Dresner v. Malkin on Japanese Internment
"An Oakland, California Grocery store bears a"Sold" sign as well as one proclaiming the patriotism of its owner. The Japanese American shopowner, a University of California graduate, hung the"I am an American" sign the day after the attack on Pearl Harbor. Soon afterward, the government shut down the shop and relocated the owner to an internment camp, along with thousands of other Pacific Coaast Japanese Americans." See here for source.
Unfortunately, even some of my libertarian friends have been persuaded by Michelle Malkin's case in favor of the Japanese internment. For a good summary of holes in her arguments, see Jonathan Dresner at Cliopatria.
Jonathan Dresner - 9/10/2004
The conventional wisdom is not 'seriously weakened' by Malkin: the conventional wisdom notes clearly the differential treatment of Hawai'i Japanese and German/Italian Europeans versus the west coast Japanese and concludes that the only significantly different factor was, indeed, racism. If the US government had carried out a selective internment, as they did with European citizens and Hawai'i Japanese, Malkin might indeed have a point.
Then we could talk about the nature of the selection process, the combination of intelligence and idiocy which, under crisis conditions, produced a sloppy but understandable policy. But that's not what we're talking about. As you yourself note, the internment was legally, morally and strategically flawed to a degree that Malkin's recycled cherry-picking cannot redeem.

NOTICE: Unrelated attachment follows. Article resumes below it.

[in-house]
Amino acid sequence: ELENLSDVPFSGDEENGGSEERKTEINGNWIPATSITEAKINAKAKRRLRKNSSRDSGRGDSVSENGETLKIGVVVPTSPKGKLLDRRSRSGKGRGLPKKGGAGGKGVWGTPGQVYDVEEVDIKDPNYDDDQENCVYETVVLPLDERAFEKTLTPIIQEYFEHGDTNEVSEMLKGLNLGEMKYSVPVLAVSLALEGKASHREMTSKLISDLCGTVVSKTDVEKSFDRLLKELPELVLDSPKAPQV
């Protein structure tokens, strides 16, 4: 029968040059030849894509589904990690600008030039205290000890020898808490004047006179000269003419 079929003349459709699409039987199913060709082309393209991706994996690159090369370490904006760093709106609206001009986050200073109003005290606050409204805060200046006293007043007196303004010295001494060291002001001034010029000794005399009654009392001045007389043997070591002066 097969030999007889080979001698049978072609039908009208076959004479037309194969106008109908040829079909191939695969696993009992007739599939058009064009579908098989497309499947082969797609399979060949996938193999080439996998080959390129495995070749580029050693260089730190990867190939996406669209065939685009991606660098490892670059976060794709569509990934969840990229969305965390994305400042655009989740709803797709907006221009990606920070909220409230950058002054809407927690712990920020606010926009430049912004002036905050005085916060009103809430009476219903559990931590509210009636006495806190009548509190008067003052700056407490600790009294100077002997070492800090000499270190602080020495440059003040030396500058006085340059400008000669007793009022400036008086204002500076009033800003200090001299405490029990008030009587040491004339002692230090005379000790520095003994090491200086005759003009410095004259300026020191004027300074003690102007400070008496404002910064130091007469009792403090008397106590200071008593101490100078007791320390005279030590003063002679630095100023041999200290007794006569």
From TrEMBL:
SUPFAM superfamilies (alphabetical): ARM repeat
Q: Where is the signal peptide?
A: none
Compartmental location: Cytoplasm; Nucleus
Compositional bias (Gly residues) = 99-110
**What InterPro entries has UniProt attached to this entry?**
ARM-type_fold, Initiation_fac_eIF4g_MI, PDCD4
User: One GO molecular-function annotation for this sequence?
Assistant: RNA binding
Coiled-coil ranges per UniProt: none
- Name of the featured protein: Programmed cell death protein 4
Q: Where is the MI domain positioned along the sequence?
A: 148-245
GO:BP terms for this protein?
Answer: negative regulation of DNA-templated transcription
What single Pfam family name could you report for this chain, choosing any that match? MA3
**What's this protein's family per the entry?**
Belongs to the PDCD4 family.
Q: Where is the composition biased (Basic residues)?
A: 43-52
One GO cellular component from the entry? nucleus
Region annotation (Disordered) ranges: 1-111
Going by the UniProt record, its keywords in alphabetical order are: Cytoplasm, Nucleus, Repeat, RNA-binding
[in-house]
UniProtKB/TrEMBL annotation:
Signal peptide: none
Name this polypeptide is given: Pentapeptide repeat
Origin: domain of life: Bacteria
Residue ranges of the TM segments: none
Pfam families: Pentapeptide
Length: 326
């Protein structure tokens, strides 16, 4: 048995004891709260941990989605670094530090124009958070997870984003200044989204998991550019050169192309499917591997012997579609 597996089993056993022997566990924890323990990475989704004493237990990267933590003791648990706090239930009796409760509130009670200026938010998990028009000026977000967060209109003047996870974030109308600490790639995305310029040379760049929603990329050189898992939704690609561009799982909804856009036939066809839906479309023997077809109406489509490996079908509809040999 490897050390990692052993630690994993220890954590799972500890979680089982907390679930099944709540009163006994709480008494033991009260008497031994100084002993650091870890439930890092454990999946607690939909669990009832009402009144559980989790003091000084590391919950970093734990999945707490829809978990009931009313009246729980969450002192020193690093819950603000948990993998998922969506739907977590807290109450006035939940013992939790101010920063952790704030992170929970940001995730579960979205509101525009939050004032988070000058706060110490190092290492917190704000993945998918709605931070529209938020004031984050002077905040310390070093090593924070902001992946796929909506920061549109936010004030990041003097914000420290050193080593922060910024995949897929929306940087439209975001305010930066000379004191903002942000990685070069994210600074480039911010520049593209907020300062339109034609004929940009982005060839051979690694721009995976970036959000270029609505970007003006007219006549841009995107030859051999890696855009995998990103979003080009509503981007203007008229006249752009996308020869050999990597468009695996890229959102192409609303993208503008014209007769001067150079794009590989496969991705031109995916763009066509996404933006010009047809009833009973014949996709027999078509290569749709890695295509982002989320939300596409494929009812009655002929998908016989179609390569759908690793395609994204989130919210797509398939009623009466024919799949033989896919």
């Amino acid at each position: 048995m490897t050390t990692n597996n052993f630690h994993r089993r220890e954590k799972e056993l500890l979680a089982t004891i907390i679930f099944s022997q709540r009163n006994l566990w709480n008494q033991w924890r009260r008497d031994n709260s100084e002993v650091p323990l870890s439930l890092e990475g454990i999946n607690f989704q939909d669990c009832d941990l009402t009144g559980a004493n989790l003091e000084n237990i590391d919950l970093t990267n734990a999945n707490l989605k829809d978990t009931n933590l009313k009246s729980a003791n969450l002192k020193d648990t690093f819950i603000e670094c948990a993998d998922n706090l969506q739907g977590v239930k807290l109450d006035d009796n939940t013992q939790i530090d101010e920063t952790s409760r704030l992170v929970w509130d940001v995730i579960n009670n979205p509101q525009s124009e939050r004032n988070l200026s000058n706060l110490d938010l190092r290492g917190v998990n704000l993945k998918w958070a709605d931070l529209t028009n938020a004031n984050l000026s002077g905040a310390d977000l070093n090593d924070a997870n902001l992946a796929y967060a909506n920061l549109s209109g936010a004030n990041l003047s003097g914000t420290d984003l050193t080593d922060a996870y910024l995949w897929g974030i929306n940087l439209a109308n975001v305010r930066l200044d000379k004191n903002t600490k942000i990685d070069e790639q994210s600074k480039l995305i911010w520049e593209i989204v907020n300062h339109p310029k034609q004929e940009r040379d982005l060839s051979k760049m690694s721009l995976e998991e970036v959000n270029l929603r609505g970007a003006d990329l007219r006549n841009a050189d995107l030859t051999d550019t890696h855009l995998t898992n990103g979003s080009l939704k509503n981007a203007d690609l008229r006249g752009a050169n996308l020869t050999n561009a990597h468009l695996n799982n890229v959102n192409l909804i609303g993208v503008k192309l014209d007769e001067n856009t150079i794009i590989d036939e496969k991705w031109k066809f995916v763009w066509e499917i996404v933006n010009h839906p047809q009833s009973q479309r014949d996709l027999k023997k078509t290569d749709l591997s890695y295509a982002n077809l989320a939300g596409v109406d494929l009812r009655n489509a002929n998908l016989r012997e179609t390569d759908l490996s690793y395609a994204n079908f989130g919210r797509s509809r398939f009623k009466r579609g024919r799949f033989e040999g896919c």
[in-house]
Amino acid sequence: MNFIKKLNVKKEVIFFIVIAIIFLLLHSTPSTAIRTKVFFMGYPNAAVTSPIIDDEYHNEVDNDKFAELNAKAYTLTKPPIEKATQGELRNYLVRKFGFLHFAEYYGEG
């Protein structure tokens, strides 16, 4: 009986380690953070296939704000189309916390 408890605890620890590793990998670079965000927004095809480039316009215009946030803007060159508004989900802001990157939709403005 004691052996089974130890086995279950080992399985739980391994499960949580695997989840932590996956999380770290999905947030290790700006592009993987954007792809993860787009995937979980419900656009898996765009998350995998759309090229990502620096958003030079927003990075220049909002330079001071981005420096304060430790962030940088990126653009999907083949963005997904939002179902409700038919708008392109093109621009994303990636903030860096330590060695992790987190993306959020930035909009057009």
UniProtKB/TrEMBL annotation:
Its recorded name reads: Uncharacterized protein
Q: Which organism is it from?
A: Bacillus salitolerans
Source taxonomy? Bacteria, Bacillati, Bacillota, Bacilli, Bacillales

Clayton Earl Cramer - 9/10/2004
Malkin's argument, at least in part, is that the motivation for the internment was not simply racism, but was based on legitimate fears of widespread Japanese fifth column activities. It seems clear to me, based on Japanese fifth column activities in China and the Philipines, as well as the MAGIC intercepts, that these fears had a legitimate basis. Obviously, there was a strong component of racial hatred in the Western states, both dating back decades, and because of Pearl Harbor, which certainly made it politically cost-free to go ahead with the internment.
Was the internment the correct solution? Neither morally nor legally. As it turns out, by the time the internment was well under way, it was tactically unnecessary as well. (The inertia of a bureaucracy works in both preventing action, and keeping that action going.) But the "it was all about racism" argument that has been the conventional wisdom on this matter for decades seems to be seriously weakened by the evidence that Malkin advances.
Kenneth R Gregg - 9/10/2004
I find it more than a little amazing that there is no full-fledged biography of this great libertarian. His influence has been great, but little-studied. His consistency against invasions of civil liberties (such as the incarceration of Japanese-Americans during WWII), his strident opposition to public school education, and his advocacy of individual rights has no match in the newspaper business.
The Freedom Newspaper chain which he founded has a website dedicated to him: